Their father died, and there isn’t much of a yerusha to speak of. Not even enough to support all of the children for twelve months. Of course, mi’d’Oraysah the halacha is that the male children inherit, not the girls. However, in this type of situation, Chazal made a takana that the girls are sustained from whatever the yerusha can provide, and the boys will have to go knocking on doors if necessary.
That is brought as the first, stam opinion. Then the Mishna brings Admon’s words: “What, because I am a male I should lose out?!” Rabban Gamliel, the Mishna concludes, concurs with the opinion of Admon.
Tosafos points out that we are going to soon learn that wherever Rabban Gamliel concurs with Admon, that is the psak halacha l’maaseh. However, Rabbeinu Tam says that this instance is an exception. He points to numerous sugyos that clearly take for granted that when there is a small yerusha such as described in our Mishna, the halacha is that the girls get it, not the boys. Then Rabbeinu Tam explains why this is so. “For over here Admon is not coming to argue on the words of the Chachamim, rather just to express his wonderment; and Rabban Gamliel, as well, who concurred with Admon, was not expressing a psak din, but just emphasizing that, yes, there definitely is reason to express wonderment over this takana.”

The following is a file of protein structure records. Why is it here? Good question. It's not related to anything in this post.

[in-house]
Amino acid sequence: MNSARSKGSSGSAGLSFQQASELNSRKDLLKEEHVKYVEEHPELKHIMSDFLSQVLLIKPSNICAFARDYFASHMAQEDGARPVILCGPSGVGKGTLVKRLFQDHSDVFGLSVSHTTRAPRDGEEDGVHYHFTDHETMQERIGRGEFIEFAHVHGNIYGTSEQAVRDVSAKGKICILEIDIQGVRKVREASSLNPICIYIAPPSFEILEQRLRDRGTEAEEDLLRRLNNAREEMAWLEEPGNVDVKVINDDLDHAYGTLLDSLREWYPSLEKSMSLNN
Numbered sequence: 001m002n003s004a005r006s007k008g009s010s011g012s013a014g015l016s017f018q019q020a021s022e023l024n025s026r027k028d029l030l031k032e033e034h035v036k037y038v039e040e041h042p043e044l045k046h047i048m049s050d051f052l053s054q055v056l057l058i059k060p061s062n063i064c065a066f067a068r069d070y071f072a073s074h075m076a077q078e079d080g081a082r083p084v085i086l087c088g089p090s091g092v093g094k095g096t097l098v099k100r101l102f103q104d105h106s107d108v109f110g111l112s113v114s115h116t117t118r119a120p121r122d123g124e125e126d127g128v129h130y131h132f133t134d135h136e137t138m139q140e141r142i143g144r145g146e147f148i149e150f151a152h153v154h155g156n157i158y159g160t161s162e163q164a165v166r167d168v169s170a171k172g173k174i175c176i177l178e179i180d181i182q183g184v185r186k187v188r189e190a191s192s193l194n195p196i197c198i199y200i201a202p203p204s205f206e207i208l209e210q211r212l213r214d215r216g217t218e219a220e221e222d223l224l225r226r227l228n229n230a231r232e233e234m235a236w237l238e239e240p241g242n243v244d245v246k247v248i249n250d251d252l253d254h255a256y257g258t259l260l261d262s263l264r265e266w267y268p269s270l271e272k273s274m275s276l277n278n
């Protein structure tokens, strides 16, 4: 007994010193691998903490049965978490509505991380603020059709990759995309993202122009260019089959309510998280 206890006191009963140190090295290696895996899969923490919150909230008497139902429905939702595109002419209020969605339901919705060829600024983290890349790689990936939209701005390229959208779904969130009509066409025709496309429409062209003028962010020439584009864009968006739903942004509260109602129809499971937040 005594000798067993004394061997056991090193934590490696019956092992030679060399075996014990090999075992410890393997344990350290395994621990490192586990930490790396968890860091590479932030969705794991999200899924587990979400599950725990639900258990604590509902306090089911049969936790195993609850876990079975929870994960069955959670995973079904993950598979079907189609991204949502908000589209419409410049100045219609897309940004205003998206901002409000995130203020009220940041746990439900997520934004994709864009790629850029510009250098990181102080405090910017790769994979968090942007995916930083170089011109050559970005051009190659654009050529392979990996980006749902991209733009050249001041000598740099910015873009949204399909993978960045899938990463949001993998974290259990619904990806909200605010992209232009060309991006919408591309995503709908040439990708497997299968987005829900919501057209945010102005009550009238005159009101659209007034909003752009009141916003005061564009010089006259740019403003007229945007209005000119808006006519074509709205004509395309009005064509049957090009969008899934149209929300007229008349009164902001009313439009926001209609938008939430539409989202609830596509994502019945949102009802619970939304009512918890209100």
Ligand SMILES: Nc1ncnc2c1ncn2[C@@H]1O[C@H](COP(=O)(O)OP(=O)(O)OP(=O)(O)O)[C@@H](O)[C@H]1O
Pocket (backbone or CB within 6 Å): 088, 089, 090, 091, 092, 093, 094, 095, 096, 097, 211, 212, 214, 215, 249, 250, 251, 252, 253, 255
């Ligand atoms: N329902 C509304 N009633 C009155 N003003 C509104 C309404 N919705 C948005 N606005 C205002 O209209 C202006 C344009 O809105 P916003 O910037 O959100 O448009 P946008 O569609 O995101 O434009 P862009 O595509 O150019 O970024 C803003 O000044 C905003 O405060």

In other words, Rabbeinu Tam is saying that both Admon and Rabban Gamliel agree that the halacha is as the Chachamim say – when it is nechasim muatim, it goes to the girls – just they were expressing the fact that this is a very difficult takana to comprehend.
Now, I think the following question is patently obvious: what exactly is the point of that? If you agree that the halacha is as the Chachamim say, what are you trying to accomplish by expressing your wonderment? And in the Mishna yet!